May 3, 2016

Being a Beginner - I Hate The Feeling

As I was reading a book I had been sent to review, there was a phrase that jumped off the page for me and became the basis of this post. I can relate completely to the concept of fear when beginning something new. I wrote about it from a slightly different perspective just a few weeks ago. Of course, that fear is silly. No one is born good at anything, except crying. But, as we age I think we forget that basic fact and miss so many great experiences.

I have started and stopped tennis because I couldn't put the ball in the corner after three or four lessons. Golf lasted longer, but my inability to develop instant muscle memory doomed me to once-a year-duffer stage when my brother visited town from Kansas. 

Playing the guitar? I have started and stopped and started again six or seven times. At some point, my inability to play chord transitions smoothly, or tackle a song with three flats leaves me feeling stuck in beginner mode. I slowly lessen my time each week with the instrument until it retreats to a corner of the room. Not being able to match what any 20 year old kid could do during the Beatle era leaves me disappointed. I don't push through that wall, I stop. I simply cannot handle being a beginner at a new skill. Irrationally, I think others are judging me for my lack of expertise.

The fear of being a beginner probably affects most of us at some time or another. Being a parent for the first time might top the list. No one, I repeat, no one is ever really ready to be a parent. All the books and advice in the world does not diminish that feeling of being completely unprepared for the responsibility of parenthood. You learn as you go. You and the baby are beginners together.

Your first real, "adult" job is another time when fear of being exposed as a beginner can be a common response. No matter how dazzling your resume, until the work actually begins and the consequences become real do you find out what you are capable of accomplishing.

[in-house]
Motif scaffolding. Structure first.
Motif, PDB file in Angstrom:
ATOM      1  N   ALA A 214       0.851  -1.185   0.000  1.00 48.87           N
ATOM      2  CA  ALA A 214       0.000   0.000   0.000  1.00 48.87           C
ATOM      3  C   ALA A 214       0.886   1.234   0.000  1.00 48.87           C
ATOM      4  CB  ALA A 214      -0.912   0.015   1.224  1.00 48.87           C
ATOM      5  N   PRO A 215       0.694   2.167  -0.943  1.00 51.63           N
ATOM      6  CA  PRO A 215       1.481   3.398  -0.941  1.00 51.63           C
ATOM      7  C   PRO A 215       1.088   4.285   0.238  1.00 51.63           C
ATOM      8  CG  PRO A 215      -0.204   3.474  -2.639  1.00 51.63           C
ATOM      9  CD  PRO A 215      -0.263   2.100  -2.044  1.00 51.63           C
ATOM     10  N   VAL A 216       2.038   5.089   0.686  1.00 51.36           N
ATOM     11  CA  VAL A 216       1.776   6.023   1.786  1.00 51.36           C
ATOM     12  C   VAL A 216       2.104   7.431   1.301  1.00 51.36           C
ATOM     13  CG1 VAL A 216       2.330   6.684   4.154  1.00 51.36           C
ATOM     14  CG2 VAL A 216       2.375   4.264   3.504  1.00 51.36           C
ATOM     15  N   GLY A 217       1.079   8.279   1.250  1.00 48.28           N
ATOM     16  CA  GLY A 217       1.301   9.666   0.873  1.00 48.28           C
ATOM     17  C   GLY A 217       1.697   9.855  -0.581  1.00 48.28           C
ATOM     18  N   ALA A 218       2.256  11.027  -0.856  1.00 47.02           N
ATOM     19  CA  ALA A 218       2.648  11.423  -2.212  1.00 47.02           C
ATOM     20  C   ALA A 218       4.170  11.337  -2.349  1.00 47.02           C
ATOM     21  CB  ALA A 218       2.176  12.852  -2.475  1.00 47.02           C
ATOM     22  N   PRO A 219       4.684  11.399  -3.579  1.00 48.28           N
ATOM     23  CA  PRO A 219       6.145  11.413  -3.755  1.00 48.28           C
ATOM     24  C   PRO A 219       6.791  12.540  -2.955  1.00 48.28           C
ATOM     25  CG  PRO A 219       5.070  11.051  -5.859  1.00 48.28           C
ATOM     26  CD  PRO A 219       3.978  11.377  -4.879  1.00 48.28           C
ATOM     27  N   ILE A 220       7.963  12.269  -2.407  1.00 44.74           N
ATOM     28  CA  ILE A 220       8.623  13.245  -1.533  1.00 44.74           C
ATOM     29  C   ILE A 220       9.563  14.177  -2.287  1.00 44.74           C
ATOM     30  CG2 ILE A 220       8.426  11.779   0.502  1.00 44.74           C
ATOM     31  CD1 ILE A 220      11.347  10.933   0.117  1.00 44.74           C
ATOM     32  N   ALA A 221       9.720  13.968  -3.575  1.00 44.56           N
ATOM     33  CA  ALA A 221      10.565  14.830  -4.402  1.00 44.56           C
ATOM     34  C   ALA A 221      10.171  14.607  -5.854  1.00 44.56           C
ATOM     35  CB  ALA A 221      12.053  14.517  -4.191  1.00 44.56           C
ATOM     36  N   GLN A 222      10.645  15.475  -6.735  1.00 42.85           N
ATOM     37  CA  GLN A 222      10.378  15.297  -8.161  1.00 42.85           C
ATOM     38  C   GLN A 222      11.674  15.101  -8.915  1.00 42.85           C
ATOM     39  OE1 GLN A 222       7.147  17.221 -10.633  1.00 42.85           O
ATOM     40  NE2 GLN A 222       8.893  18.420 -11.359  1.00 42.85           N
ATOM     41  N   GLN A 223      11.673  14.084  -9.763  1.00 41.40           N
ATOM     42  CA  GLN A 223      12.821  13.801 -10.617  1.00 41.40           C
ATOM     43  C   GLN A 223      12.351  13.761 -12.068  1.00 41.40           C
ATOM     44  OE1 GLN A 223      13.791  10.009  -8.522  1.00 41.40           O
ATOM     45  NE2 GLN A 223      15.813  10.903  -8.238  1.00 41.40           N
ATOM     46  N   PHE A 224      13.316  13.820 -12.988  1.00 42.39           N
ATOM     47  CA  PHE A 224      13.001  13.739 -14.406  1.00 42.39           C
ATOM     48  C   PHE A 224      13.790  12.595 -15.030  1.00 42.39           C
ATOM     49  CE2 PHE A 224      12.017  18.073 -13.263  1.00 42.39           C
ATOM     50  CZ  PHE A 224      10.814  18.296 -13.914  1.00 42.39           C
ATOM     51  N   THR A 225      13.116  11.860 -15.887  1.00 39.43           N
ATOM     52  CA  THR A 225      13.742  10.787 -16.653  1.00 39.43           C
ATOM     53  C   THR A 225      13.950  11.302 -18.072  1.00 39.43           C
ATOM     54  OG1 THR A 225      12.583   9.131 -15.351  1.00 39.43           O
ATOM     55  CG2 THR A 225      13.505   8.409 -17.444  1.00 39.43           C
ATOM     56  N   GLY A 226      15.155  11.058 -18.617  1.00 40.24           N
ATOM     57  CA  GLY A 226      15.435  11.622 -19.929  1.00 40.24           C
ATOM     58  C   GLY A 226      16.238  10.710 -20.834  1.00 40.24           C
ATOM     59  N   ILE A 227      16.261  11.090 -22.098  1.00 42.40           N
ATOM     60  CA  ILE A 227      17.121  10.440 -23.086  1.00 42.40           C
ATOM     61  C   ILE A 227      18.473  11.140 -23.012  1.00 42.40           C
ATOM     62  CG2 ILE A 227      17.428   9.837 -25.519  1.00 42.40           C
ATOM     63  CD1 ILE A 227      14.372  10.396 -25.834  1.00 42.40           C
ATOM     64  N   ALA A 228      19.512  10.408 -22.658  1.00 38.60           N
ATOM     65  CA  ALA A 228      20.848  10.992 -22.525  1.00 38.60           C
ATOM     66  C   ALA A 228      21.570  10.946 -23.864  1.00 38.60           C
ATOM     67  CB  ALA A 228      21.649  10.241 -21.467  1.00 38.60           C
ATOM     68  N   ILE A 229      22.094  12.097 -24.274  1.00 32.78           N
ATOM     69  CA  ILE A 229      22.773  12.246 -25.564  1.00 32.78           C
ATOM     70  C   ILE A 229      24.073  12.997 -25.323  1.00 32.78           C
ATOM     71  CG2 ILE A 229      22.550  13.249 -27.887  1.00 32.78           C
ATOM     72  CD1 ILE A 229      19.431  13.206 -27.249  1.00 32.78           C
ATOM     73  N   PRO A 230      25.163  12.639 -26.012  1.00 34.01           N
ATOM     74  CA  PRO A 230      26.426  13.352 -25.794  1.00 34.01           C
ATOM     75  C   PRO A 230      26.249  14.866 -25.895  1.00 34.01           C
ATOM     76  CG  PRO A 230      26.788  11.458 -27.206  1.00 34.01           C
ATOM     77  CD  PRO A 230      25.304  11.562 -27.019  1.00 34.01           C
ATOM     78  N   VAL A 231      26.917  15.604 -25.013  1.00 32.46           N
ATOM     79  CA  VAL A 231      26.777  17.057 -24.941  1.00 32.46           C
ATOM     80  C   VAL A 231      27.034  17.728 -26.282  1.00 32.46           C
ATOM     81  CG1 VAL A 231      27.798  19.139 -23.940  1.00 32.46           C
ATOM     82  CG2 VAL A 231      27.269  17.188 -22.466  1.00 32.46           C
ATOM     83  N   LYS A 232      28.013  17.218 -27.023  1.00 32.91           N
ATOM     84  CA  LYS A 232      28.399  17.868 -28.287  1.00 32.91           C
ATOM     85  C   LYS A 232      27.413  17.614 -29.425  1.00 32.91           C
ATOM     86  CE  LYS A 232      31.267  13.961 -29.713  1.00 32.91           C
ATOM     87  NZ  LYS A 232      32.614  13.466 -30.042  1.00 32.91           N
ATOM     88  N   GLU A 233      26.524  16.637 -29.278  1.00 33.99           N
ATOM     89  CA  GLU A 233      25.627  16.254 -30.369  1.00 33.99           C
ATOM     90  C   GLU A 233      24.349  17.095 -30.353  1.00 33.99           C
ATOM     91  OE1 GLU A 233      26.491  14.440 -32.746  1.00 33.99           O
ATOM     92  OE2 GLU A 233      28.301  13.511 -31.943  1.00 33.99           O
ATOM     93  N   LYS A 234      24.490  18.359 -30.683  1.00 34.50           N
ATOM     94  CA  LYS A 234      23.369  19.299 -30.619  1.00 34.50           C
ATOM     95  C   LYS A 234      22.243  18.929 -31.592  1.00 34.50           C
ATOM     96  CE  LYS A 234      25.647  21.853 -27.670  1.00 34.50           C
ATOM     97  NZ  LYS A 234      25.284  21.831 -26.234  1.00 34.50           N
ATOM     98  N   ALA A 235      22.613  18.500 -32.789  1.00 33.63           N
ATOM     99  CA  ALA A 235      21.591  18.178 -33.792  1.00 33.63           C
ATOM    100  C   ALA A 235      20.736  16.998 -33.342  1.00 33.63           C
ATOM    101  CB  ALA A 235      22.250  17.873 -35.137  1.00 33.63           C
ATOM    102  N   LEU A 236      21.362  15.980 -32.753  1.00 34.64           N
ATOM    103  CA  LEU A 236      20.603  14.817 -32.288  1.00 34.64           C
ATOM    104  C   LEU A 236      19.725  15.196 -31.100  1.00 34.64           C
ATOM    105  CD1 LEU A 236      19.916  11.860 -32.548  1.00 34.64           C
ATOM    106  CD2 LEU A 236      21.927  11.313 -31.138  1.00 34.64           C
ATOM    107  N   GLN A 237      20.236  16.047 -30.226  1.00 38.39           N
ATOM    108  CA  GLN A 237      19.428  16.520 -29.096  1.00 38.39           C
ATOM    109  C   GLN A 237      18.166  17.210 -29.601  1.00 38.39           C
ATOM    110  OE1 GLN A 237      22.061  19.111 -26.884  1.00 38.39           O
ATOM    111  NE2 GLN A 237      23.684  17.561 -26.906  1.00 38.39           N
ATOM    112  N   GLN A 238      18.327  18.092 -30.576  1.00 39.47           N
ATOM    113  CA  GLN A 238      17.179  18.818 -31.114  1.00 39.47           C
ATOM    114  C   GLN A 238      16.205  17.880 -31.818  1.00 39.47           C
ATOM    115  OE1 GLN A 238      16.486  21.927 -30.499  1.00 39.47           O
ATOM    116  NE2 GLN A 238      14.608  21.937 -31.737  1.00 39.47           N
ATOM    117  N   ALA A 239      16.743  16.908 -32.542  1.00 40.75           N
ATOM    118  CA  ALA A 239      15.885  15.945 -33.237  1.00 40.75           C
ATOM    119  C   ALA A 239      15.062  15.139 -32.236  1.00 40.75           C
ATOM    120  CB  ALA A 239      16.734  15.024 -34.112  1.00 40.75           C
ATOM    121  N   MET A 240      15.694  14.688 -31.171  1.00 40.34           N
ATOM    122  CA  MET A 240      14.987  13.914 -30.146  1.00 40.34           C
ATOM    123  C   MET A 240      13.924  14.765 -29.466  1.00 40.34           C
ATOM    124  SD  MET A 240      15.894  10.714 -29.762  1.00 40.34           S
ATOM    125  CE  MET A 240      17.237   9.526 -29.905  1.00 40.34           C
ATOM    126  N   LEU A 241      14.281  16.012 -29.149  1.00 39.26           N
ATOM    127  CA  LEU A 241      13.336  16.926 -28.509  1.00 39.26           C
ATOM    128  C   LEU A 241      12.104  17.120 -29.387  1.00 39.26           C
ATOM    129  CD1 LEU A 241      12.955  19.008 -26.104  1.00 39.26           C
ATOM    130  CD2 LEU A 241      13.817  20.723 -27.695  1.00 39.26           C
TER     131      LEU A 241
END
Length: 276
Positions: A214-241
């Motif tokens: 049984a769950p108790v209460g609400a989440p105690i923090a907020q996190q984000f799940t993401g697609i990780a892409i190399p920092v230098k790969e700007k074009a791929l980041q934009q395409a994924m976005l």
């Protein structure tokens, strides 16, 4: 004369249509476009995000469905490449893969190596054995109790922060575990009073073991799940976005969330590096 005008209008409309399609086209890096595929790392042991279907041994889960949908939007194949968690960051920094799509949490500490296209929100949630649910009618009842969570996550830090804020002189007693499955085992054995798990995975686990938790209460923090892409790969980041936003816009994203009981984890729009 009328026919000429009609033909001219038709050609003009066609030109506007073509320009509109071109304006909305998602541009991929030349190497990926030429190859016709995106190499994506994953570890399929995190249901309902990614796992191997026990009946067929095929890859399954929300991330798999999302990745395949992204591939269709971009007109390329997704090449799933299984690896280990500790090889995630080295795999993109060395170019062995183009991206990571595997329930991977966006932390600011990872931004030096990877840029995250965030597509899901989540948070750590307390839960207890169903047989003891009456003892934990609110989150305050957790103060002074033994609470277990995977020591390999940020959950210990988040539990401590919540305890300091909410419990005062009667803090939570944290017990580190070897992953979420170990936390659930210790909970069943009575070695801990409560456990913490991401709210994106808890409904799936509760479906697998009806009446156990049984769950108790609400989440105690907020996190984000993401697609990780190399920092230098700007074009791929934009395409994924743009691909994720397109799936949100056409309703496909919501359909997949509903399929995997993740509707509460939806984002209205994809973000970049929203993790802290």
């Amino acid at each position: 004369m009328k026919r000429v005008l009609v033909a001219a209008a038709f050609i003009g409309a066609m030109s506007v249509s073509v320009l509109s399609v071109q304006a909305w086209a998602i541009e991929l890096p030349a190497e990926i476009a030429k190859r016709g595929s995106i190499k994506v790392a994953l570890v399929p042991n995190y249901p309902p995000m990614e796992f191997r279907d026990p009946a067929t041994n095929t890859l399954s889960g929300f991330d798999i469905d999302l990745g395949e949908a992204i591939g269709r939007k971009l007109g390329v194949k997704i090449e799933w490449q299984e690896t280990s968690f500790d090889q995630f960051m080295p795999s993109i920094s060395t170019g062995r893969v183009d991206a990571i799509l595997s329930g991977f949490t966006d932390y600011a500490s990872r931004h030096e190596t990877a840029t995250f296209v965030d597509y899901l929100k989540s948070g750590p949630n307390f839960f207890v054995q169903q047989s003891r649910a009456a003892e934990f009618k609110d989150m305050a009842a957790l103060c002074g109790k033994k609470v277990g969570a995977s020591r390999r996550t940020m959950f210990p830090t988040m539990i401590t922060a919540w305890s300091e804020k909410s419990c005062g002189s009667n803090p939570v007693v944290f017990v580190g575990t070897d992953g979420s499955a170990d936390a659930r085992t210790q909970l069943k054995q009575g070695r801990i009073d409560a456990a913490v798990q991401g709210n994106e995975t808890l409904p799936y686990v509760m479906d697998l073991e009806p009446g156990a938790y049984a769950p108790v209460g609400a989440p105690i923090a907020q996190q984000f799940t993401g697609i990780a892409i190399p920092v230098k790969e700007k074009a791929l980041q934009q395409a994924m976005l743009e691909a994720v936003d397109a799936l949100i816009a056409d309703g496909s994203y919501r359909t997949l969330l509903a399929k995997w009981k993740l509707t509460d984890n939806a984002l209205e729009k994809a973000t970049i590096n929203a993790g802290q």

Retirement: we all start as beginners. As I have written many times before, the journey we take will not be the exact one you thought it would be. We will be a "beginner" over and over, though we may not recognize it as such. 

So, why is being a beginner as I navigate my retirement journey OK but not in other areas? I have no idea, but I wish I could apply the same mindset to both situations.

The book I'm reading focuses on artistic and creative activities. For her purposes, the fear of being a beginner keeps someone from trying to paint or draw, play an instrument or sing in a choir, sculpt or throw a pot on a wheel, write a novel or a series of poems. She urges those with this limitation to simply take the first, small step, then the next. If that creative expression is pleasing, continue. If not, shift to something else. But, don't quit before giving something a real chance, just for fear of being less than perfect.

There isn't one creative or successful person who started out knowing it all. Each one started at the very beginning, stumbling and searching for the right combination of technique and skill. Practice, followed by more practice, losing a lot, failing often, and looking for a teacher that could help get over a hurdle was the path to "instant" success. 

I know all that is true. Then, how come I allow the fear of being a beginner keep me from trying something I might find I love? 

April 30, 2016

From Adversity Comes Something Special

This post is part travelogue, part inspirational story. It is about a place that was almost destroyed by natural disasters, but fought back to find new life and a new direction.

Betty and I just returned from a trip to Silver City, New Mexico. About five hours from our home, we were looking for someplace we had never been. A few friends had cautioned us to not expect much from this town. They told us it was another southwest hamlet that staked its livelihood on mining. Boom times made everyone happy. But, when the earth had been played out, or the thirst for silver or coal was done, there were few reason for many to stay and hold on. Population plummeted and most stores were boarded up and abandoned.


Silver City's demise was a little different. The gold, then silver mine, had never shut down. in fact, it remains in operation today. What almost killed the town was poor planning and a series of devastating floods around the turn of the 20th century. 

Cut in half  after a massive flood

Astride the Continental Divide, the area is prone to heavy, intense rain during summer monsoon seasons. Silver City was positioned so that all the runoff during big storms would be funneled straight down the streets of the town.

During a series of huge storms around the turn of the 20th century, the main street and all its buildings were literally washed away. In their place was a 55 foot ditch. Almost overnight, the town was cut in half and most retail establishments were gone. 

While people rebuilt what they could by turning the massive ditch into a channel for future storms and eventually a park for residents, much of the damage had been done. Silver City was in deep trouble.